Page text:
(File photo of Pope Francis)
The year 2017 began with a round of interviews and news on Beijing and the Holy See, each seemingly pressing the two sovereign states to rebuild diplomatic ties. Some experts see this as a sign of upcoming breakthroughs.
Pope Francis restated his hope to visit China in an interview with Spanish newspaper El Pais on Jan. 21. When the pontiff was asked when would travel to China, Pope Francis replied, “as soon as they send me an invitation.” The pontiff said China is aware of the situation. “Besides, in China, the churches are packed. In China they can worship freely,” he added.
It was a wise move by the pope to speak highly of China’s religious affairs, though some did not expect him to do so. This choice showed the pope’s awareness of the fact that any kind of bilateral breakthrough is dependent on authorities, said a Beijing-based expert on China-Vatican affairs. The expert requested anonymity in this story.
“Pope Francis’s remarks carried an important and positive message. They showed the positive attitude of the pope and the Catholic Church, which have information proving that China is not as bad as other organizations report,” Francesco Sisci, a senior researcher at the Center of European Studies at Renmin University of China, told People’s Daily Online.
Sisci, who interviewed Pope Francis for the pontiff’s first-ever interview on China, pointed out that it is now up to China to make good, fast use of this opportunity to confirm the pope’s positive attitude and “take it up to the next level.”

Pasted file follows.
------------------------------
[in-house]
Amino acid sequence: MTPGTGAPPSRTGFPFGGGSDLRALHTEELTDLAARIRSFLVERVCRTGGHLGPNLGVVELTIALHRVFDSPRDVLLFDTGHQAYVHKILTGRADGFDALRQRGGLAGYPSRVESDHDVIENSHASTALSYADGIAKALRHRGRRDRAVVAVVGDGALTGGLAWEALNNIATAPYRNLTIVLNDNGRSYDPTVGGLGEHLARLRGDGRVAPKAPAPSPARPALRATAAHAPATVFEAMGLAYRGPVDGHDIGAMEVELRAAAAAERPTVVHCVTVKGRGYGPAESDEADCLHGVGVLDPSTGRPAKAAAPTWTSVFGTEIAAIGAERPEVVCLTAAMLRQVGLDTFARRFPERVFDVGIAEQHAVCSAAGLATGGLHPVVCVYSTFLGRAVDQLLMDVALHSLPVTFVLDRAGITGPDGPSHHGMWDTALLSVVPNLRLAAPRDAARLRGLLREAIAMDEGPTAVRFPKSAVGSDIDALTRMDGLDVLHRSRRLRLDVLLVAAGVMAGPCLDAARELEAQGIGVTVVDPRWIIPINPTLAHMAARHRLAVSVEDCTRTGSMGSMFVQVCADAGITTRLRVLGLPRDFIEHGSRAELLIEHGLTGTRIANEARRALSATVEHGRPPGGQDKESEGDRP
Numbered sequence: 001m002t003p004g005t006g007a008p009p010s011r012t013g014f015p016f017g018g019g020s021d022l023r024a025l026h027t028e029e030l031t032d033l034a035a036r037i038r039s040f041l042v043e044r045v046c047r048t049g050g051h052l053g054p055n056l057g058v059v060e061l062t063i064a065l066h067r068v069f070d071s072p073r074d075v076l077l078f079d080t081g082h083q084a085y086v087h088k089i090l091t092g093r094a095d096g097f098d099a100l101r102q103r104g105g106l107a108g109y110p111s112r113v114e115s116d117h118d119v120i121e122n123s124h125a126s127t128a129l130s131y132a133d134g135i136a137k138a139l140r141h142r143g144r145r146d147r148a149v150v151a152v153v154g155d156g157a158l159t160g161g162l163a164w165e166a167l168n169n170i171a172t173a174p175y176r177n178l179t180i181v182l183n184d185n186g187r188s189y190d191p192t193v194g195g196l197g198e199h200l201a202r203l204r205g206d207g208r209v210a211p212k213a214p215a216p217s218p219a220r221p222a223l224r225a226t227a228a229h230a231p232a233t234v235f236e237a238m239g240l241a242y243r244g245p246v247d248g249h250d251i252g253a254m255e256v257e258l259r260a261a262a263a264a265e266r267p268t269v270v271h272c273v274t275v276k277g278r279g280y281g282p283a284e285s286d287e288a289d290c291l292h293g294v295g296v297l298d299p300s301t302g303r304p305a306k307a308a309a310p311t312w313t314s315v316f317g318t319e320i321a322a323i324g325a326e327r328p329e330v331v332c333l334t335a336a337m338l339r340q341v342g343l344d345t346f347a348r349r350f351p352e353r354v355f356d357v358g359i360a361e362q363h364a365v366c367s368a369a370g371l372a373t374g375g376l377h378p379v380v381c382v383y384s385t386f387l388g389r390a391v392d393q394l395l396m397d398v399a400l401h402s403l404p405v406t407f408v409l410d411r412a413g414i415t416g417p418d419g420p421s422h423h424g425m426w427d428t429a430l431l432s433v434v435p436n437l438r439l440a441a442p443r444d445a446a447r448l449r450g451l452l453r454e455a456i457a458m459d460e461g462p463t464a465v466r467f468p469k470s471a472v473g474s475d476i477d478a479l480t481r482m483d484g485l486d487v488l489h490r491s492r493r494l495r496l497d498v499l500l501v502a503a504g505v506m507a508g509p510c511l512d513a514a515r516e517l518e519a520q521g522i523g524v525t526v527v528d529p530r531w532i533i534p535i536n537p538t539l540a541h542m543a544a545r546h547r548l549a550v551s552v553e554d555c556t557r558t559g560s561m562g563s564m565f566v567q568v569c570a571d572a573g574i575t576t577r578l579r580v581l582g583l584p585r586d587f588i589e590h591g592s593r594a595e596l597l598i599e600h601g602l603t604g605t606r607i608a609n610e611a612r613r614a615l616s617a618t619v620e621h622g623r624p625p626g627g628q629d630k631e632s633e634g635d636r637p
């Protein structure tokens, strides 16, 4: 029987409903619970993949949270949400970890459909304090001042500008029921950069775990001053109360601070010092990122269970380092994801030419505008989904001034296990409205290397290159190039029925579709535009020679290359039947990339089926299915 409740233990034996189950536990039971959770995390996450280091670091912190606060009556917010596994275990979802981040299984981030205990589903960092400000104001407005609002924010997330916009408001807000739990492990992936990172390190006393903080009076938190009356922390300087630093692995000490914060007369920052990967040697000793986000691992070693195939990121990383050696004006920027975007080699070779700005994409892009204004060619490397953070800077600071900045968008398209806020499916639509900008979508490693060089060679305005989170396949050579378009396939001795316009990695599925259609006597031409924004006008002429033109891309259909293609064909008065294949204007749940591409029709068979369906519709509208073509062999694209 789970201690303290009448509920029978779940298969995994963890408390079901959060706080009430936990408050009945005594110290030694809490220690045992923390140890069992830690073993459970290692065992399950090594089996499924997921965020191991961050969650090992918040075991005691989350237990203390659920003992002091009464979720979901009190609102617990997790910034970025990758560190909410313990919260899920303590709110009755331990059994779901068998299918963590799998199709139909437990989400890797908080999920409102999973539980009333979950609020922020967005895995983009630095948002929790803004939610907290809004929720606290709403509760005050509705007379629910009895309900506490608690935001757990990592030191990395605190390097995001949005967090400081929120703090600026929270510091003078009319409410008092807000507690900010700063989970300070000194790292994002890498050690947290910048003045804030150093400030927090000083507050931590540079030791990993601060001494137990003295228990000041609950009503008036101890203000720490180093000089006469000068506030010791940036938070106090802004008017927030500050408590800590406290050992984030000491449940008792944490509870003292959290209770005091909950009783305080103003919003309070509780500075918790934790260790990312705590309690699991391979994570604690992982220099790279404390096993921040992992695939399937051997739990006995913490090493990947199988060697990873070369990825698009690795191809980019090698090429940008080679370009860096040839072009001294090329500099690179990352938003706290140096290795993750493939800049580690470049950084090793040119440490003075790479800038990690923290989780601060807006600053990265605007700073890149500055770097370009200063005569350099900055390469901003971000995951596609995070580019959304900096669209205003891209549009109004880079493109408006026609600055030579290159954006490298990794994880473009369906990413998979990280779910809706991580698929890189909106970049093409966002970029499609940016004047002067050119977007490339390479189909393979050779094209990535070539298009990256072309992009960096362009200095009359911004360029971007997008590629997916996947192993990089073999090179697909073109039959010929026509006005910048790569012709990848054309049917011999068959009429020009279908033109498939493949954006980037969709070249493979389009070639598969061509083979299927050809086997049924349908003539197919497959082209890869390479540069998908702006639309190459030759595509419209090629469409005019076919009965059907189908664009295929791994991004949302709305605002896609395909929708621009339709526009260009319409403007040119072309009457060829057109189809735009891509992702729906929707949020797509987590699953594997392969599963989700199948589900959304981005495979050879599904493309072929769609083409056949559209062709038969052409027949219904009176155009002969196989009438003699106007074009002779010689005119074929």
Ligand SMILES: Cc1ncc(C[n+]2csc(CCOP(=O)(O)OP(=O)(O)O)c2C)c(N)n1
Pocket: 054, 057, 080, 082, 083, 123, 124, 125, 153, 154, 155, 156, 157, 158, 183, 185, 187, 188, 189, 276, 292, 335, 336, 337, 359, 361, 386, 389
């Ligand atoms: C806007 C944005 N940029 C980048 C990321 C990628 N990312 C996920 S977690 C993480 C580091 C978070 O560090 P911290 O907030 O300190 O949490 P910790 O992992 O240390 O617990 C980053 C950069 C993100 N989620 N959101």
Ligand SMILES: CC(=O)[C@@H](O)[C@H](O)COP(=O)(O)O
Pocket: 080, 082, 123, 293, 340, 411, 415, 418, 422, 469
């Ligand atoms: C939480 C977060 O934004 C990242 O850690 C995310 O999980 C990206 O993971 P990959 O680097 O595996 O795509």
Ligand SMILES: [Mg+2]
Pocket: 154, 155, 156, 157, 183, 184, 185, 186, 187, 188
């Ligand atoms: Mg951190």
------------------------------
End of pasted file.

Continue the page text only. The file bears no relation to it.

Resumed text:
Ties between China and the Vatican have started to gain strength, especially since new leaders took office on both sides. The relationship between the People's Republic of China and Vatican City went sour in 1951, when the two countries severed ties.
In 2014, China for the first time granted a pope the use of China’s airspace, during Pope Francis's visit to South Korea in 2014, a remarkable sign of progress that has gradually led to more interactions. Not only did Pope Francis extended Chinese New Year greetings to the Chinese people and Chinese President Xi Jinping last February, he also revealed last October that he received a gift from the Chinese president via a delegation attending a conference at the Vatican, Associated Press reported.
China has also made major and important concessions, according to Sisci.
“There has been [China’s] indirect confirmation of the religious role of the Pope in bishop appointment. [China] has also showed respect toward some religious rituals during the latest assembly of the Patriotic Catholic Association in Beijing. These elements are very important in the Church, and in the past were often ignored by Beijing. We also see a positive attitude toward Vatican relation from Beijing,” he added.
Chances of a papal visit